To “Media Defence” human rights organisation
“Media Defence”, a London-based British human rights organisation, has filed a lawsuit against Azerbaijan in the European Court of Human Rights on behalf of four Armenian citizens. The lawsuit claims that on October 1, the Azerbaijani Armed Forces bombed the Khojavend region (called Martuni by Armenians). As a result, three journalists in the area were injured. The person who guided them died. Three of the ‘Media Defence’ applicants are journalists and one is the brother of the deceased.
The claimant brought by the applicants alleges that during the military operations in Nagorno-Karabakh, the Azerbaijani Armed Forces violated the norms of international law, attacks on journalists became commonplace, and that such attacks obstructed their professional activities.
In this regard, we state that the Khojavend region, which Armenia calls Martuni, is an integral part of the Republic of Azerbaijan. The region has been occupied by Armenia for about thirty years. Azerbaijanis who formed its population have lived as refugees, away from their native lands and homes. In the past, the basic rights and freedoms of Azerbaijanis were blatantly ignored. During the Second Karabakh War, the Azerbaijani Armed Forces put an end to this injustice and established control over Khojavend, along with other occupied territories.
Khojavend region is the territory of Azerbaijan according to international law. Visits to this area, including journalistic visits, had to be agreed with the Azerbaijani side. Unfortunately, this requirement was not followed both before and during the war, and numerous journalistic visits from abroad and Armenia were organised there.
In this case, the responsibility of ensuring the security of media trips is incumbent upon Armenia. Armenia, on the other hand, had been occupying Azerbaijani lands for nearly three decades and has shown a clear disregard for those rights and principles by organizing illegal journalistic visits to the territory, as well as ignoring the requirements of international law. It is no coincidence that on October 9, 2020, the Press Council of Azerbaijan issued a statement on journalistic visits to Nagorno-Karabakh from abroad. The document stressed the inadmissibility of journalistic visits to the region without the consent of Azerbaijan, that Armenia deliberately endangered the lives of journalists and turned the issue into a subject of manipulation. The statement was presented to the world's leading media and journalists, as well as human rights organisations.
We would also like to emphasise that during the Second Karabakh War, which lasted from September 27 to November 10, 2020, the Republic of Armenia not only organised illegal journalistic visits to Karabakh, but also the Armed Forces of this country endangered the lives of those who were performing their professional duties during the military campaign. There were also attacks on foreign media representatives.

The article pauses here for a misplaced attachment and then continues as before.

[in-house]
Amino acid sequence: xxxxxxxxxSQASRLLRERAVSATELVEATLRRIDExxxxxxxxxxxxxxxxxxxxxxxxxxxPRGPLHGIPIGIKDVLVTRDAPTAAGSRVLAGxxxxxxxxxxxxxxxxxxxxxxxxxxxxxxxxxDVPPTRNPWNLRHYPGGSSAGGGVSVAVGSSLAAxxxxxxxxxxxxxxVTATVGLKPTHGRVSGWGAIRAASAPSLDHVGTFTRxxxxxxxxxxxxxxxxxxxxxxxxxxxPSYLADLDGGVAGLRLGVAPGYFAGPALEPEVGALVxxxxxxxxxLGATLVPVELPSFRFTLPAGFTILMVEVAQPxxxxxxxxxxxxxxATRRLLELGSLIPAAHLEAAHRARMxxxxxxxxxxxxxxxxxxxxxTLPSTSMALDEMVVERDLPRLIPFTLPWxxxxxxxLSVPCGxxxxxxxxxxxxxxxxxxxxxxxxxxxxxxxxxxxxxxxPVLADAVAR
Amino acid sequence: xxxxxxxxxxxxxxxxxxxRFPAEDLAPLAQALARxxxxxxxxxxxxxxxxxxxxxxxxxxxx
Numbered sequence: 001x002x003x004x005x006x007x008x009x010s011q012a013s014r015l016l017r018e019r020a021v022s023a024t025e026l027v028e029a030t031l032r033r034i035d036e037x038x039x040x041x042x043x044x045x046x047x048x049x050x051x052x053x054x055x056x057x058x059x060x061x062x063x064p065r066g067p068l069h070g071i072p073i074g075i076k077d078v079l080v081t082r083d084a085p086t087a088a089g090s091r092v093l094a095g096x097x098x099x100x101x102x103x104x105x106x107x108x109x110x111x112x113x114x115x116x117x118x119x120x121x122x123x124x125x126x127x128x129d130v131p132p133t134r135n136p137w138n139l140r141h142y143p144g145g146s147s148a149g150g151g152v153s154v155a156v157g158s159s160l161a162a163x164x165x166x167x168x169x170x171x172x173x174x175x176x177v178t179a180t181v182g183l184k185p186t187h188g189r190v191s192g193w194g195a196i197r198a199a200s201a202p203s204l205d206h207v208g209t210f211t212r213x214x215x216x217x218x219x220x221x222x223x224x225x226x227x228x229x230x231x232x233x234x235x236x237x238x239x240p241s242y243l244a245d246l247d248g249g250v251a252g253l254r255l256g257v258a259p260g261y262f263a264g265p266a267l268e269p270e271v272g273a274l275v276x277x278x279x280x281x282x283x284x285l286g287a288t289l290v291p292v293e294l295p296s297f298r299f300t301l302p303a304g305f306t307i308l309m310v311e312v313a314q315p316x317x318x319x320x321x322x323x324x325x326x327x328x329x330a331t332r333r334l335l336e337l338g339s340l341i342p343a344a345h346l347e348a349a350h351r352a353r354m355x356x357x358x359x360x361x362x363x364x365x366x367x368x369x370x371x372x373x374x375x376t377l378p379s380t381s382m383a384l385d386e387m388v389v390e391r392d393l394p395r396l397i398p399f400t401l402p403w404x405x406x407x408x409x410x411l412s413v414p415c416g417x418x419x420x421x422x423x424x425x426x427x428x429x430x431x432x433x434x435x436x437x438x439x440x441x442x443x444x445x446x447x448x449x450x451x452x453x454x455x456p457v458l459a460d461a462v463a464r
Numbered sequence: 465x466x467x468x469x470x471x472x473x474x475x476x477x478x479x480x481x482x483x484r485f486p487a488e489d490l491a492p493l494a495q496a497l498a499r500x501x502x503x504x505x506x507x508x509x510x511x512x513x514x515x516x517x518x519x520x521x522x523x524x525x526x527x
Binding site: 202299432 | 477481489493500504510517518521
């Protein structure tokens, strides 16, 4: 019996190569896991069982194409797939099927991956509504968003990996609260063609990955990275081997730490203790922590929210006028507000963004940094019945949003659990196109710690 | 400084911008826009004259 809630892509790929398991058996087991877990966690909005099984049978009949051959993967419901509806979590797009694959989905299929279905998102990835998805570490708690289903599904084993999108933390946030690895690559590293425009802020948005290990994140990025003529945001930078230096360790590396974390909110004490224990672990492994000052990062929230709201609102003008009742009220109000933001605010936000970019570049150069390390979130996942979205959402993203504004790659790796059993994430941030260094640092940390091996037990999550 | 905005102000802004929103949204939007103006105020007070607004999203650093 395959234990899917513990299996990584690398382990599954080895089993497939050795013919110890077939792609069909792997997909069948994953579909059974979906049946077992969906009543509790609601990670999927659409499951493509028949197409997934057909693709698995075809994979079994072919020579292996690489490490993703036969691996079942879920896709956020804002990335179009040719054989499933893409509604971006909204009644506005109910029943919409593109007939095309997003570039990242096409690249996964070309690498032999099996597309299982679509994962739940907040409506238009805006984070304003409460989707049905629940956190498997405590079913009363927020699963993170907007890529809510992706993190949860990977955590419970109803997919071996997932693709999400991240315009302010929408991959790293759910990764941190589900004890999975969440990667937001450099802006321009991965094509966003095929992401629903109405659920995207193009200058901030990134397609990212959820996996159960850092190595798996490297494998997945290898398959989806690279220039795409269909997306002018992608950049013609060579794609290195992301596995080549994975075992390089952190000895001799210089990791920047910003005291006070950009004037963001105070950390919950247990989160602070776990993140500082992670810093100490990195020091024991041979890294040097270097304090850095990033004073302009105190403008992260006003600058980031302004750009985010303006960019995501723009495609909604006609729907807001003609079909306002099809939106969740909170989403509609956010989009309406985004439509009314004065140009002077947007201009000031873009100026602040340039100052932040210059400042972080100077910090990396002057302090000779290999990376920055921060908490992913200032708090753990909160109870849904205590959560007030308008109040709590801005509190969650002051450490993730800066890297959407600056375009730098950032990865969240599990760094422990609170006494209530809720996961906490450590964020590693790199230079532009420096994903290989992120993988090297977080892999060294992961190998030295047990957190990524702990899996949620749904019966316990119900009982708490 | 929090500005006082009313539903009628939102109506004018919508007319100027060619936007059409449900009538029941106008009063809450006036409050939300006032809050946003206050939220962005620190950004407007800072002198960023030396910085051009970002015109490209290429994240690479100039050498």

We remind that the Press Council addressed an appeal to international media organisations regarding the shooting of the film crew of the Azerbaijani Television and Radio Broadcasting Closed Joint-Stock Company (AZTV) in the Aghdam region on October 19, 2020. The Council also made a similar appeal in connection with the attack on the film crew of Euronews by the Armenian Armed Forces. Unfortunately, when all this happened, the human rights organisation Media Defence was content to remain silent.
Taking into account the above-mentioned, the Press Council of Azerbaijan regards the lawsuit filed by “Media Defence” in connection with the alleged violation of the rights of journalists and obstruction of their free activities during the Second Karabakh War, as biased, one-sided and non-objective and as an attempt to serve political ends whilst ignoring the sacred duty of uncovering the truth. The Council regrets the participation of the “Media Defence” human rights organisation in these games, which were initiated by the Armenian lobby and the diaspora, under the influence of certain pro-Armenian political circles.
The Press Council of Azerbaijan, which unites Azerbaijan's independent media outlets, hopes that “Media Defence” will take this into account and reconsider its position of patronage based on an unfair approach. Because this position does not serve the freedom of speech and expression or freedom of journalistic activity as such, such a position amounts to taking a side and it is clearly predicted on the premise which disregards the norms and principles of international law.